Peace talks with the Tehreek-i-Taliban Pakistan (TTP) terrorist group were controversial to begin with, and the new government is not doing itself any favours by conducting them in an unusually secretive manner. Several political parties, including a few coalition members, have complained of being shut out.
Interior Minister Rana Sanaullah recently tried to address these concerns, but may have made them worse. At a press conference on Wednesday, Sanaullah said that negotiations will only be held under a Constitutional framework, and that talks will move forward under the guidance of Parliament, adding that in-camera briefings will be held before the prime minister addresses Parliament on the issue. However, the PPP, in particular, remains concerned by the government’s secretive approach, even though party chief Bilawal Bhutto Zardari is the incumbent foreign minister.
Talks are reportedly progressing well — the group announced an “indefinite ceasefire” in early June, citing “substantial progress” in the negotiations with the government. However, we have seen talks begin well and collapse several times in recent years, reportedly due to the TTP’s rehabilitation and amnesty demands. However, terrorist attacks continue despite the Afghan government’s assurances to keep the TTP in check. A spike had been reported after the Afghan Taliban told known TTP members to leave their safe havens in the country and go back to their homes, often meaning Pakistan. This, in turn, is at the heart of the amnesty issue for the wanted terrorists in the group, who would likely face death sentences if caught on Pakistani soil.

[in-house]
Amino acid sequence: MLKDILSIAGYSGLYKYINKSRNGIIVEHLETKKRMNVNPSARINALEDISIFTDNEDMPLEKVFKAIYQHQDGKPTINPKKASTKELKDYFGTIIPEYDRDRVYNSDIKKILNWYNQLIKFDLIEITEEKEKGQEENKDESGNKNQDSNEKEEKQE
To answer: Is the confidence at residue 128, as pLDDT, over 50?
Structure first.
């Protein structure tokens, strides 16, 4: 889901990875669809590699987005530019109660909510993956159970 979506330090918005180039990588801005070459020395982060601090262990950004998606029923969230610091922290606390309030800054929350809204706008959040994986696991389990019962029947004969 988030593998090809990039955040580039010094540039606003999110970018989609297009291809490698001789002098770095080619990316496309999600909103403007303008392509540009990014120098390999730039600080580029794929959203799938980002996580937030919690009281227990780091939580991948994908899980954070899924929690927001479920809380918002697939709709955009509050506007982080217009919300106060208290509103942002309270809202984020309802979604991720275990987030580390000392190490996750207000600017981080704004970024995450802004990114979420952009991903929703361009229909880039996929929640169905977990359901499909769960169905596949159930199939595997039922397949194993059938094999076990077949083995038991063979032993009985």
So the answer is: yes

However, amnesties may be a tough pill for many Pakistanis, especially those who directly suffered due to the group. “Tens of thousands of Pakistanis” have been killed in TTP attacks since 2007, according to respected think tanks such as the Brookings Institute. On the other hand, while Islamabad continues to claim that “there is no structure of organised terrorism in any part of Pakistan”, the truth in this statement is unimportant for Pakistanis. The statement is intended for foreign audiences, particularly those that want to extend FATF sanctions on Pakistan. Pakistanis are less concerned about whether or not terrorism in the country is “organised” and are more concerned that hundreds of security officials and civilians continue to die every year in TTP attacks.
Source, express tribune